"The Fed's role is to provide as much relief and stability as we can during this period of constrained economic activity, and our actions today will help ensure that the eventual recovery is as vigorous as possible," he said when announcing initial details of several of the programs earlier this month.
The central bank has already announced updated guidelines on another program it rolled out, saying Monday it will expand its municipality fund scope to support smaller cities than originally outlined.
As the Fed has stretched itself, it has looked to banks for an assist and the Treasury for support on loan losses.
"The Fed doesn't have the capacity to do credit underwriting, so they are dependent on banks to do that," said Chris Whalen of advisory firm Whalen Global Advisors, who previously worked at the Federal Reserve Bank of New York.
"In all cases, the Fed does not take credit risk. They want the Treasury standing in front of them. The Treasury has got to take the first loss."
The Main Street lending program will rely on banks to help screen applicants and maintain 5% of the loans on their balance sheets. The Treasury, meantime, will offer up $75 billion in cash for the program, and take the first hit on any losses. Those funds are part of a $500 billion pot established by the $2.2 trillion CARES Act passed last month.
"The bigger question is whether the Fed will be willing to make modifications in the terms across different sectors," said Kathryn Judge, a professor at Columbia Law School and an expert on financial markets.
Banks, which are already seeing clients rush to draw down their credit lines, must manage their own balance sheets.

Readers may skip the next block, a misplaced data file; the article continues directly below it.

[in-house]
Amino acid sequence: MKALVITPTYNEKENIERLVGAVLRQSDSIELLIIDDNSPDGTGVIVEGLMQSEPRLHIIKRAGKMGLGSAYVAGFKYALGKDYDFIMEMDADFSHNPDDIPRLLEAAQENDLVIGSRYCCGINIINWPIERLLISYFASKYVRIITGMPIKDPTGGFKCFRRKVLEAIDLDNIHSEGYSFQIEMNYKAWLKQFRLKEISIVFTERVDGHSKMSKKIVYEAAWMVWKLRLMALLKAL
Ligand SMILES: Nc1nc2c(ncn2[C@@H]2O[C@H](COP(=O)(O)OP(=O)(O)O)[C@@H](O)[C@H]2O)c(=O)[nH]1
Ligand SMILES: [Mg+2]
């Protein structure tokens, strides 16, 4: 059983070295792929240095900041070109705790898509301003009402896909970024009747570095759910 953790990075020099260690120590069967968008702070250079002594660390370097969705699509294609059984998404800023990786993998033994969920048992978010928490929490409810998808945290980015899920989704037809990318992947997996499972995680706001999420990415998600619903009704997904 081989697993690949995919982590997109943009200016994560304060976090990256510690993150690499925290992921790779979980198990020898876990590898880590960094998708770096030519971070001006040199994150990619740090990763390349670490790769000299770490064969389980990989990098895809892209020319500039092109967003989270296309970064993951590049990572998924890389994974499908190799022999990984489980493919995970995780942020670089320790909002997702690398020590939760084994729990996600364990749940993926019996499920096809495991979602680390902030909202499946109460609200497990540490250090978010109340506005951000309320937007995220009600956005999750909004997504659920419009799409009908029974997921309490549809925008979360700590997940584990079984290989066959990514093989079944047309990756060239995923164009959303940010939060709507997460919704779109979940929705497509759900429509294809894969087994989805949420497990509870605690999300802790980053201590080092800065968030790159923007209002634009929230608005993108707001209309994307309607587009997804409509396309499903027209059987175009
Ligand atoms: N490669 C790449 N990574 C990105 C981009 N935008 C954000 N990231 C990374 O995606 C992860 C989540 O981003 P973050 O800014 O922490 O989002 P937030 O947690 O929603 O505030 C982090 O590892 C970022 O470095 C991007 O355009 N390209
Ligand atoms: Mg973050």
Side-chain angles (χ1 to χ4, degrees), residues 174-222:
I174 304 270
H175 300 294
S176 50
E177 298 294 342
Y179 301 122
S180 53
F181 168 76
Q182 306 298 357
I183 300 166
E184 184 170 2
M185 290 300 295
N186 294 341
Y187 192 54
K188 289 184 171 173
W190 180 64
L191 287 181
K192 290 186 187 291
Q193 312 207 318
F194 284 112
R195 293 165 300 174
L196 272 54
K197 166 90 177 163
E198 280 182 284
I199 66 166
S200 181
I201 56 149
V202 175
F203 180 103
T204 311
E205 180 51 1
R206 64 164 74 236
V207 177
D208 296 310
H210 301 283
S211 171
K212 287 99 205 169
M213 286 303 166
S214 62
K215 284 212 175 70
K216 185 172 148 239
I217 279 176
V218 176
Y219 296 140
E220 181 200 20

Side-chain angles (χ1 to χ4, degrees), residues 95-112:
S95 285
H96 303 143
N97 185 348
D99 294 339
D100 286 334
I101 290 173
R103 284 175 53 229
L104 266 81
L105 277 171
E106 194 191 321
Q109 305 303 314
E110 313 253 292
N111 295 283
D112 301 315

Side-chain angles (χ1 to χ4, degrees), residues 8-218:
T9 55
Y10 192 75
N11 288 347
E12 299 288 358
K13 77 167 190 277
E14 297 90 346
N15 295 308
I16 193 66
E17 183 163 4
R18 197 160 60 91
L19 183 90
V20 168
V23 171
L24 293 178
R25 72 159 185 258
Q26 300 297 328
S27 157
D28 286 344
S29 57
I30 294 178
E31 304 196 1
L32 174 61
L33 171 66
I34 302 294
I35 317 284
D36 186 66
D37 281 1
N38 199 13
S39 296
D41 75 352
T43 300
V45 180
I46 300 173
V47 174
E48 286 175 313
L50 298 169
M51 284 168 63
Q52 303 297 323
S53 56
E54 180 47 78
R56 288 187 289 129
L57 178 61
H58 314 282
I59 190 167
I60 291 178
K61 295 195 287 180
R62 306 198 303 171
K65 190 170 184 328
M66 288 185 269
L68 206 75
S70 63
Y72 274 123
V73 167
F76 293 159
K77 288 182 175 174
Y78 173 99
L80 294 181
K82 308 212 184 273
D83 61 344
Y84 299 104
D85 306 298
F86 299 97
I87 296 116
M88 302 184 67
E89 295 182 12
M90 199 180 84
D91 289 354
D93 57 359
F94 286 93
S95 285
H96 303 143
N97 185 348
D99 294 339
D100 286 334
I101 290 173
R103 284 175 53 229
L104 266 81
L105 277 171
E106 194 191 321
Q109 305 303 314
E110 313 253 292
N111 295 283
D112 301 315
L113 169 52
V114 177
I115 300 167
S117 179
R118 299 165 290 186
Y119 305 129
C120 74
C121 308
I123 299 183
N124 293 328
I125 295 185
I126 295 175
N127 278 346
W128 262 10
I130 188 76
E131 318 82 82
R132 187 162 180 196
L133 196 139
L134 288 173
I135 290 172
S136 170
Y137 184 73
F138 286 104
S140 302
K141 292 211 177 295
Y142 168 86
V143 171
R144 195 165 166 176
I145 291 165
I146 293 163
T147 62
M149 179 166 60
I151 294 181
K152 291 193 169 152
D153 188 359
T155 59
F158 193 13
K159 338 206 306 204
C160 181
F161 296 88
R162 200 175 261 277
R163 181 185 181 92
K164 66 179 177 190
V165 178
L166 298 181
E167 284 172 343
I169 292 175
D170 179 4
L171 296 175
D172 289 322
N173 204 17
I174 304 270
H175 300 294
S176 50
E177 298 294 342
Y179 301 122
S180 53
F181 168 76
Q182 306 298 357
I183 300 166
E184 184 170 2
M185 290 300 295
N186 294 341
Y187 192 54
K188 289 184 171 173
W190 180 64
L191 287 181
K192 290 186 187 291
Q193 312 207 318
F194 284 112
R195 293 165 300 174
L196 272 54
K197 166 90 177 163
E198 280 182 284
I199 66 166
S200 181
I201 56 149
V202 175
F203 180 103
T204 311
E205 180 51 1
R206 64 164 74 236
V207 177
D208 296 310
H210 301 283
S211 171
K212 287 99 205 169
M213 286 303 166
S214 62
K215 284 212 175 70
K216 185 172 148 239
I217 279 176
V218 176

"If the Fed learns that banks are likely to extend qualifying loans only to certain industries (because they are relatively less risky or there is less uncertainty about how Covid-19 will impact the sector's viability), the Fed and Treasury then must decide what to do with that information," Judge said in an email.
The Treasury could, for example, provide a thicker equity cushion for certain industries potentially seen as more vulnerable, such as retail or energy, said Judge. Treasury Secretary Steven Mnuchin, though, has implied the Treasury will use its funds with restraint, with an eye toward minimizing losses. He has also, though, told Bloomberg News that the administration is weighing creating a program through the Federal Reserve to support the ailing oil and gas industry.
If the Treasury opts not to offer a buffer against vulnerable industries or companies, some may be left behind. Already, smaller companies have been shut out of the government's program aimed at businesses with less than 500 employees, as requests have flooded in. Banks, meantime, have been criticized for allegations they prioritized existing clients.
"The reason [the banks are] lending to the bigger businesses is because they see them as more likely to survive," Whalen said.